Ann Arbor Public Schools annual staffing report focuses on diversity

StaffingReportBy Andrew Cluley

Communications Specialist

Ann Arbor Public Schools culture of respecting diversity continues to be illustrated through the district’s staff of over 18-hundred.   The 2015-16 staffing report shared with the Board of Education highlights students can find diverse positive role models at school.

It’s important because studies show students and staff benefit from the many perspectives and the rich culture of a diverse educational environment. This diverse K-12 educational environment also helps prepare students for the increasingly diverse world.

Superintendent Jeanice Swift says a key purpose of the report was to answer one question, “Are the individuals on our AAPS staff mirroring the student composition?” To stay focused on this core issue of making sure the district’s staff reflects student demographics, the report started with student diversity and worked from there to staff members that students have the most interaction with like teachers.

The report highlights that some groups like African-Americans and Hispanics are closely aligned between students and staff. 17 percent of staff self identify as African-American and about 14 percent of students are African-American. About four percent of the student population is Hispanic and about two percent of the staff.

Even though percentages align for African Americans, School Board members say AAPS still must work to maintain a workforce that mirrors the student population. Trustee Patricia Manley says, “It’s nice to see in some areas percentage wise it’s above 13.9 percent, however on a day to day and in classroom and building basis, the comments always come back that there are not enough African American faces there for their children. So percentage wise yes, it’s close, but somehow that is not resonating well with parents.”

Board Member Andy Thomas thinks the more comprehensive race options for students to select compared to the federal government’s choices for employees may be a factor. “Looking at the percentages I think we are really hampered in our analysis because we have two categories of students that are not reflected in the employees,” says Thomas. “I am particularly concerned about the number of multi-ethnic students, nearly as many as African-American. I suspect that may have something to do with the difference in numbers and perceptions about not seeing as many teachers looking like them.”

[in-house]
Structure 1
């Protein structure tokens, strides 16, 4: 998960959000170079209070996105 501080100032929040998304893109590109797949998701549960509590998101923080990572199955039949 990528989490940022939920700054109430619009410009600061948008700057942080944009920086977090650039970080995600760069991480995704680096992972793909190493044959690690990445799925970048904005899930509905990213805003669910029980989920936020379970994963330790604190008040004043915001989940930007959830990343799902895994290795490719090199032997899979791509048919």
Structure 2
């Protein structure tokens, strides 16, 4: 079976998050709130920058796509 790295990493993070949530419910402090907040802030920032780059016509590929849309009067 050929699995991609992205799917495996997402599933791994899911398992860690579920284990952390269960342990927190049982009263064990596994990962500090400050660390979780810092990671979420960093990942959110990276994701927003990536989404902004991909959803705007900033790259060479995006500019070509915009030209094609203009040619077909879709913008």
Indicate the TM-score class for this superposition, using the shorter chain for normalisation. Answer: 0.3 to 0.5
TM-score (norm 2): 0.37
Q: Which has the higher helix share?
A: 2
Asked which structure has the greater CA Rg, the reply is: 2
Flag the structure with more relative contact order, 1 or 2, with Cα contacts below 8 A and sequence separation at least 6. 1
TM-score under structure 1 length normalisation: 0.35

Another challenge the district faces in coming years is the prospect of many long-time African American employees retiring. “The challenge is many of them retire at the same time, and we struggle, not only us but institutions period, the state police same thing, struggle to on our own implement the necessary practices that would sustain that level of diversity,” says School Board Member Simone Lightfoot. “I want action. Going to historically black colleges in a timely manner to attract African American teachers.”

Swift shares Lightfoot’s concern that the numbers could really shift in the next few years as some of the great long serving staff members start to retire. “I think you’re absolutely right that we have to get on action now so that five years from now we’ve done the work necessary so that we’re not going to see a downturn.”

Lightfoot hopes Ann Arbor’s African-American, Asian, and Hispanic communities can help with some very deliberate ways that AAPS can make the right connections to continue attracting diverse employees.

Swift thinks some programs the district already has in place for students can serve as a way for the district to grow their own diverse workforce. “If you think about our rising scholars and our trailblazers groups and how much those kids do get to be around younger kids and help them,” Swift says. “I think we really could cultivate some future teachers, inspire them and get them started on the right path.”

Other next steps identified in the report include continuing to monitor staffing levels to ensure all races and ethnic areas are well represented, having diverse employees sit on all hiring committees, and continuing conversations about the priority and value for ensuring a diverse AAPS team.

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